5 essential tips when downscaling your home

5 essential tips when downscaling your home

Private Property South Africa

With the increasing cost of living coupled with the highest interest rates in nearly fifteen years, many bondholders may be looking to downsize to make their money go further. Whatever the reason for moving to a smaller home, there are a few things to consider to make the downscaling journey a little easier.

“Maintaining a largely underutilised property might not make financial sense if some family members have moved out or if the homeowners’ lifestyle needs have changed,” explains Regional Director and CEO of RE/MAX of Southern Africa, Adrian Goslett.

How to downsize

“The best way to downsize is to be sure that you’re making the big move to go small for all the right reasons. From a practical perspective, the proper way to go about it is to be systematic and organised as you downsize from a larger to a smaller home,” he advises.

To help homeowners who have decided to make the big move to a smaller home, RE/MAX of Southern Africa shares the top 5 tips for downscaling:

1) Measure both spaces

Be sure to measure your existing furniture to make sure it can fit into the new home. Avoid the nightmare of having a couch that wouldn’t get up the stairs by measuring all possible entrances and exits to make sure you will be able to move the furniture into the home without having to disassemble it first.

2) Buy new furniture after the move

If your old furniture will not work in the new space, wait until after you have moved into the new home before ordering any new furniture. Not only will this give you one less thing to move (which will save on moving costs), but it also allows you the time to live in the home and get a sense for what furniture will work in the smaller space.

3) Store music and memories in the cloud

Moving to a smaller home often means far less storage space. Photo albums and CD racks can take up a lot of unnecessary space. Tough as it might be, now is that time to move to digital music platforms and digitise photo albums so that they can be stored in the cloud. Keep just a few of the special photos by framing them and hanging them on the walls in the new home.

4) Sort through one room at a time

Look at how much storage space you will have in your new home as a guide for how much you will need to clear out in your current home. It can be emotional to get rid of the items you have accumulated over the years, which is why it is best to work systematically and tackle one room at a time. Begin with rooms you use least and categorise items into boxes marked as: “Must keep”, “Donate”, and “Rubbish”. Keep the momentum going by simply putting the items that you are unsure of to one side. Once you have sorted through everything, you can allow yourself the time to go through these items again to decide whether to hold onto them or get rid of them.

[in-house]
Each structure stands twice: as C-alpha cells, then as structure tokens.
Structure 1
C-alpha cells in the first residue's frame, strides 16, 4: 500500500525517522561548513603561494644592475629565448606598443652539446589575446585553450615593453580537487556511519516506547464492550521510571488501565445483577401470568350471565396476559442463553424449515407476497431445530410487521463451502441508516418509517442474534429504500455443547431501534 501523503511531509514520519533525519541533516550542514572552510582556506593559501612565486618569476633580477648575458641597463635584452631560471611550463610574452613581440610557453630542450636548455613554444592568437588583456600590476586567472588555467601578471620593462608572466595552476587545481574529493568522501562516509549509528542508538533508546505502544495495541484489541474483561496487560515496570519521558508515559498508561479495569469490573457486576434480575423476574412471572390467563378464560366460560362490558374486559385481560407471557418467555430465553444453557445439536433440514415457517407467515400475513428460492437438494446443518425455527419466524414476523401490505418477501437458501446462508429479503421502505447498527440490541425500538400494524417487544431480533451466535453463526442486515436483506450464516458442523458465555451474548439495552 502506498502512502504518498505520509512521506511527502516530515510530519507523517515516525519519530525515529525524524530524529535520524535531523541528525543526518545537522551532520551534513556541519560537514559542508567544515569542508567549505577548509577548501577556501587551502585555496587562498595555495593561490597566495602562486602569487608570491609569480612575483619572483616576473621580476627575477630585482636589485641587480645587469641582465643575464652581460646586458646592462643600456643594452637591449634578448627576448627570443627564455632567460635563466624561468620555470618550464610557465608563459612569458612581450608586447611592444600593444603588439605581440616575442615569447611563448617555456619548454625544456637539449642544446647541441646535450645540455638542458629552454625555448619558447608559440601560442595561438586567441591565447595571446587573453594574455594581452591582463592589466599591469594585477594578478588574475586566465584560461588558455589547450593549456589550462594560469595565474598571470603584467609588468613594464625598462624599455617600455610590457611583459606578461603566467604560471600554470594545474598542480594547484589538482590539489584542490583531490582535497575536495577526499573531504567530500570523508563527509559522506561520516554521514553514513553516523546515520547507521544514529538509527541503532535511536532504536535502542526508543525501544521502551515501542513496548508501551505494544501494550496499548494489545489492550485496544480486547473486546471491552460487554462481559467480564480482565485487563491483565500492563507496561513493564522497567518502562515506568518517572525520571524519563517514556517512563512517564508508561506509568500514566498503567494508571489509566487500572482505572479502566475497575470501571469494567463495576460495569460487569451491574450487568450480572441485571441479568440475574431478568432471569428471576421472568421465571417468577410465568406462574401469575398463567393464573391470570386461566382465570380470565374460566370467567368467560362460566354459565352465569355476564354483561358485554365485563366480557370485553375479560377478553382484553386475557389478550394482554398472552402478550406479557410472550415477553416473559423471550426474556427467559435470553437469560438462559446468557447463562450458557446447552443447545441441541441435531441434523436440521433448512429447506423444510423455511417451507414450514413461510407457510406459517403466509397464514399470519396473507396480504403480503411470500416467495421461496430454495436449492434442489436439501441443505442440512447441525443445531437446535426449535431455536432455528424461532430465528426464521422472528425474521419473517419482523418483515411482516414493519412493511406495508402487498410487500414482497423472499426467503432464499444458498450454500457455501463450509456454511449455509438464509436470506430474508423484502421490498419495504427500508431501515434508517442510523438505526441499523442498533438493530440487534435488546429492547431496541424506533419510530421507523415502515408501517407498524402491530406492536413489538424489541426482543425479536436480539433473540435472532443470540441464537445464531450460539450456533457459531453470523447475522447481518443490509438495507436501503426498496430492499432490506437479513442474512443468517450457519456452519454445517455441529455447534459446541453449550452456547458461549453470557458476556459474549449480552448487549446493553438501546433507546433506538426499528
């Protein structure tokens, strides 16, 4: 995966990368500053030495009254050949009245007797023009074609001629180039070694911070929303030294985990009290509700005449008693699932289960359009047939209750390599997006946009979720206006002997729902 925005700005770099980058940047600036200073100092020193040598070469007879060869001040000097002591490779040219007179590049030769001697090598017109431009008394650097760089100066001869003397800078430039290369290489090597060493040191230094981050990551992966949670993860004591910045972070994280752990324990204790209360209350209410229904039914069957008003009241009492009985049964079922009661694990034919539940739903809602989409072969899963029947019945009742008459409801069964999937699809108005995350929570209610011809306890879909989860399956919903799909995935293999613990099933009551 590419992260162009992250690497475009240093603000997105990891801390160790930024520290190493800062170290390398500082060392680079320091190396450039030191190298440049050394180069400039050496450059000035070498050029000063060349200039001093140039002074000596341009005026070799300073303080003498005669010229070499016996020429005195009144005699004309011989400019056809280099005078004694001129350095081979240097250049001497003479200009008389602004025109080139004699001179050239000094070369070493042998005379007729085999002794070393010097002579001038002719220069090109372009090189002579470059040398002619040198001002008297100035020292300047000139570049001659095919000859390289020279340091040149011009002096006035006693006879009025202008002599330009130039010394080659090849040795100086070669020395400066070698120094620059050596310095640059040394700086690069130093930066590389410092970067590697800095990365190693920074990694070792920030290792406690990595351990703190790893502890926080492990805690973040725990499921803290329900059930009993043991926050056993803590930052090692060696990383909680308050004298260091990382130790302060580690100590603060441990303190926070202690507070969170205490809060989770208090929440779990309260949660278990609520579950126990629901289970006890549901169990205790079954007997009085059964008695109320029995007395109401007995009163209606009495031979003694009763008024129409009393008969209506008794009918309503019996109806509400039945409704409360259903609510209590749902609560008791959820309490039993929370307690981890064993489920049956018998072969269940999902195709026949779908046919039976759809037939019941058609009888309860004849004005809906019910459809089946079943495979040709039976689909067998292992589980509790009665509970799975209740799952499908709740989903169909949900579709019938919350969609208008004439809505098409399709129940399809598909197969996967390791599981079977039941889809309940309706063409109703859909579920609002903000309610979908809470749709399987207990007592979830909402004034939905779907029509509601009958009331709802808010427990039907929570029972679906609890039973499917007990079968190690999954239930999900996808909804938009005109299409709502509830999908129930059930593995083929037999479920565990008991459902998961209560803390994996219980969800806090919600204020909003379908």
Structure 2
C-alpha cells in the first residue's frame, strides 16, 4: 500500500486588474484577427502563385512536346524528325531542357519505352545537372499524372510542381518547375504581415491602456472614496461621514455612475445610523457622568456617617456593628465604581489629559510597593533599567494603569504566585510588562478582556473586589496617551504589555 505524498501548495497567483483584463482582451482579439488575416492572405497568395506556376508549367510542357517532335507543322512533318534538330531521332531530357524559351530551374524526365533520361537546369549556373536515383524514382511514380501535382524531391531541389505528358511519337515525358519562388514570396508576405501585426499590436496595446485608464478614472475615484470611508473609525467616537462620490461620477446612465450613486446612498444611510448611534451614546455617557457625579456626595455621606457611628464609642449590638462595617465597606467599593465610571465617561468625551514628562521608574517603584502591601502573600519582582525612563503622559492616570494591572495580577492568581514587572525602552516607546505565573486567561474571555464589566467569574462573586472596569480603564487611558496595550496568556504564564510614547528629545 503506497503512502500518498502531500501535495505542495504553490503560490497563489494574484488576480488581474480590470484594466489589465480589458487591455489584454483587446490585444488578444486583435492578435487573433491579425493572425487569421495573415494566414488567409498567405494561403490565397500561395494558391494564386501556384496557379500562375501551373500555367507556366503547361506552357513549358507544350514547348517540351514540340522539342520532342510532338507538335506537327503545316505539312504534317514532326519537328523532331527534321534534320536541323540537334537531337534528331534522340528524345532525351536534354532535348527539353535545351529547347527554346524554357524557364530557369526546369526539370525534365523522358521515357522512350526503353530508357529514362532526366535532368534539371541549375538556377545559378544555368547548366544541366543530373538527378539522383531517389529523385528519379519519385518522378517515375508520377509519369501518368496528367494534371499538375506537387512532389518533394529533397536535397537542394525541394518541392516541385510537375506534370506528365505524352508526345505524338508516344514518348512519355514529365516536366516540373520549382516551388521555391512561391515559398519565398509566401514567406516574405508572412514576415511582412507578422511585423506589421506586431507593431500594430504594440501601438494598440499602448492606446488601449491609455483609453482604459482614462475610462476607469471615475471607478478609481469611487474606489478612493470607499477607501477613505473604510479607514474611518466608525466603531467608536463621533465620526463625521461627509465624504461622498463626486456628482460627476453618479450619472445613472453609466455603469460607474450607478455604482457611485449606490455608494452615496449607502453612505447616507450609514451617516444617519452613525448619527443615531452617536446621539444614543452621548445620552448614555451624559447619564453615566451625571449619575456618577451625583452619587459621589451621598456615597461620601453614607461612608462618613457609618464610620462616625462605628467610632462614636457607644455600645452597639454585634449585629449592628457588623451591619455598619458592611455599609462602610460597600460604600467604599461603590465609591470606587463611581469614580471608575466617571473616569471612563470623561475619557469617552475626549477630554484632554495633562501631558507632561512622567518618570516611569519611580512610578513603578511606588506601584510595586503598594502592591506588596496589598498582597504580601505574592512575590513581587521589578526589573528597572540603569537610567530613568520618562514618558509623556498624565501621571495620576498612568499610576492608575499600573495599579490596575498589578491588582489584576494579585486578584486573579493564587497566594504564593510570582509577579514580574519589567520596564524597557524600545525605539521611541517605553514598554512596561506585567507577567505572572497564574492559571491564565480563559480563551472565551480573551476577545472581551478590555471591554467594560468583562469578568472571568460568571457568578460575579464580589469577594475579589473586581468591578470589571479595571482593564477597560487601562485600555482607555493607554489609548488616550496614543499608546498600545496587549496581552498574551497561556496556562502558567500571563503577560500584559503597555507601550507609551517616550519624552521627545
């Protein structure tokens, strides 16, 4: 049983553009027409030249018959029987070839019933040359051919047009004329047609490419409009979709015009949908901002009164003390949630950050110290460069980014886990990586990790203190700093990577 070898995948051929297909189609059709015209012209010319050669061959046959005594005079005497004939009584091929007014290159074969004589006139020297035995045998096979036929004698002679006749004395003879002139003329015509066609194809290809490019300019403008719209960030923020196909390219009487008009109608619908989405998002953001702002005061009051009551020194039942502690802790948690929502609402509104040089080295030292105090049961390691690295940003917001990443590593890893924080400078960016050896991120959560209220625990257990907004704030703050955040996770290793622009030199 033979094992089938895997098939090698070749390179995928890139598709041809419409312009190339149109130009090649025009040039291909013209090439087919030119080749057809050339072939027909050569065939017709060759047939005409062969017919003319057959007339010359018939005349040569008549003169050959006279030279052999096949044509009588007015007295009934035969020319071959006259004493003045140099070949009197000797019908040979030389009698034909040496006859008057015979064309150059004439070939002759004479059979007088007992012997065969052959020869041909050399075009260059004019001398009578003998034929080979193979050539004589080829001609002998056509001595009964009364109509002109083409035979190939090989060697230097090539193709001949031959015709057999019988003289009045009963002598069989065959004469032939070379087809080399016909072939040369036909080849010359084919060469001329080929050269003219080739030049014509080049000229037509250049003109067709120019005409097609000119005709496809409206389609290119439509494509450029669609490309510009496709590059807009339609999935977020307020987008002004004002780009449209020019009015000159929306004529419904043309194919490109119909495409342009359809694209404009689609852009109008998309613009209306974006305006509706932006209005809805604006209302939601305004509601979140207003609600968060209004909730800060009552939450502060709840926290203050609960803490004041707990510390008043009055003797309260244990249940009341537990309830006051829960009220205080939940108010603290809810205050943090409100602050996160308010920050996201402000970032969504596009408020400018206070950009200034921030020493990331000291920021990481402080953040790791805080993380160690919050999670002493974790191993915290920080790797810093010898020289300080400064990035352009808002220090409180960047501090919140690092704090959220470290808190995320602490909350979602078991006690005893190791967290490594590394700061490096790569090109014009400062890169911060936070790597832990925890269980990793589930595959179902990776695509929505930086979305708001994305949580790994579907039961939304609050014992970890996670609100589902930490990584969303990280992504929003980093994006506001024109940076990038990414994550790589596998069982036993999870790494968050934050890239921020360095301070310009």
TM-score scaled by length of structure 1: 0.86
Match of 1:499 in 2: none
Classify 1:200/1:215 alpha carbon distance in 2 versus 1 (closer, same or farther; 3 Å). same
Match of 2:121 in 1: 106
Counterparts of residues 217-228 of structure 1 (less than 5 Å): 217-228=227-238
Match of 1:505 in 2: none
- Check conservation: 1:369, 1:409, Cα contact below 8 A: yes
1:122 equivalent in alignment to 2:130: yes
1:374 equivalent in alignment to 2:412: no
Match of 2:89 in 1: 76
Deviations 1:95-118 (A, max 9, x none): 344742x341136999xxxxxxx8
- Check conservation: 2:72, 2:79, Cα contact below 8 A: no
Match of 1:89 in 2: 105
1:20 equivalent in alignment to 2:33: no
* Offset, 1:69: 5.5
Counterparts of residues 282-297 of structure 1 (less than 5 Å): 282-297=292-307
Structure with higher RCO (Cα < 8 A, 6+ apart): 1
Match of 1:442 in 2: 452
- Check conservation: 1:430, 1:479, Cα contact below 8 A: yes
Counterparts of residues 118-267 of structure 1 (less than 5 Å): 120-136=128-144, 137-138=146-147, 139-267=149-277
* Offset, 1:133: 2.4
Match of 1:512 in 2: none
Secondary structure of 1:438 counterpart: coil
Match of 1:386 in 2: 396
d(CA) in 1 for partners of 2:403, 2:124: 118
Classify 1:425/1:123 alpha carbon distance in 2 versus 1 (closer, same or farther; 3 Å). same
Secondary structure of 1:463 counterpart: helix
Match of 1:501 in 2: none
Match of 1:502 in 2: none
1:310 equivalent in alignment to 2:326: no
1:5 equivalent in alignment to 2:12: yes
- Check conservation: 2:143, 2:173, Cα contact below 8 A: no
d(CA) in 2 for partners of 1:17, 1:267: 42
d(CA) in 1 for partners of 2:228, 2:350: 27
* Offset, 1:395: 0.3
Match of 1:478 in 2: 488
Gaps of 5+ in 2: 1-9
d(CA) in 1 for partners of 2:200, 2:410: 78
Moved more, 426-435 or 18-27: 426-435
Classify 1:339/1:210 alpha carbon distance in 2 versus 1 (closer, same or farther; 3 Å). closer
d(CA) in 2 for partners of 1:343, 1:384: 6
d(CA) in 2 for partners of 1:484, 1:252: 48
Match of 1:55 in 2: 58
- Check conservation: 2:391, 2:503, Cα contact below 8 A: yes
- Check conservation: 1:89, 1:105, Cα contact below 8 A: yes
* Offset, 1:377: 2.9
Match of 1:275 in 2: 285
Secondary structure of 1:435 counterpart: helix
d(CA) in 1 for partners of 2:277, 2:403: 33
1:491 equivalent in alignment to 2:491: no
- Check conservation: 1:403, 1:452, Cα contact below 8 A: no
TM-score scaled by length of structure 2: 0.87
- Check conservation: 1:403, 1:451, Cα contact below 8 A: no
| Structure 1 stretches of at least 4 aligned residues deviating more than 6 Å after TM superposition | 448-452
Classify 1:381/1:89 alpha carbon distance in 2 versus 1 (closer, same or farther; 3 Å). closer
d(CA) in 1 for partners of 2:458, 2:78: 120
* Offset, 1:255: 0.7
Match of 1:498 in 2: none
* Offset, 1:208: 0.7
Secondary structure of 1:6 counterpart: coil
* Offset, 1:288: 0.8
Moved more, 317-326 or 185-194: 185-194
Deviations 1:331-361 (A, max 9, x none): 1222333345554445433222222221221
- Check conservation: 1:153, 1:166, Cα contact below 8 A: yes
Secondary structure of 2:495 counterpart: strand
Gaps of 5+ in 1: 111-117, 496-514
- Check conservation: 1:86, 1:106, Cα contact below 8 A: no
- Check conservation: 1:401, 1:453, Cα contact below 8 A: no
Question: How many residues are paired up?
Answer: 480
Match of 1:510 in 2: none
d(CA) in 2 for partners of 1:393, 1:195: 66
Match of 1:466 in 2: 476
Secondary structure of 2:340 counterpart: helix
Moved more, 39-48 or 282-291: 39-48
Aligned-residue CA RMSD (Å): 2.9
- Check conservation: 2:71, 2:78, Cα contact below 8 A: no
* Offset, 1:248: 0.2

5) Turn unwanted goods into cash or kindness

Instead of taking everything you don’t want to the local dump, sell your unwanted goods online. Not only could selling your items help you afford new items for your new home, but others will also be happy to turn your ‘trash’ into their ‘new’ (to them) treasures. You could also help out those in need by donating your unwanted goods that are in good condition to thrift stores and charity shops.

According to Goslett, when downscaling, it is important to be certain that the property you have chosen will suit your current and future lifestyle needs.

“If you are forced to sell in less than five years, which is the window after which you’re most likely to see a return on your investment, you might lose out financially. While homes appreciate in value over time, it is important to bear in mind all the other costs that go with a property transaction – like transfer costs, agent fees, moving and relocation costs, etc. – which eat into the capital you have available. If you are thinking about downsizing and don’t know where to begin, get some free advice from your nearest property practitioners office,” he concludes.

Writer: Kayla Ferguson

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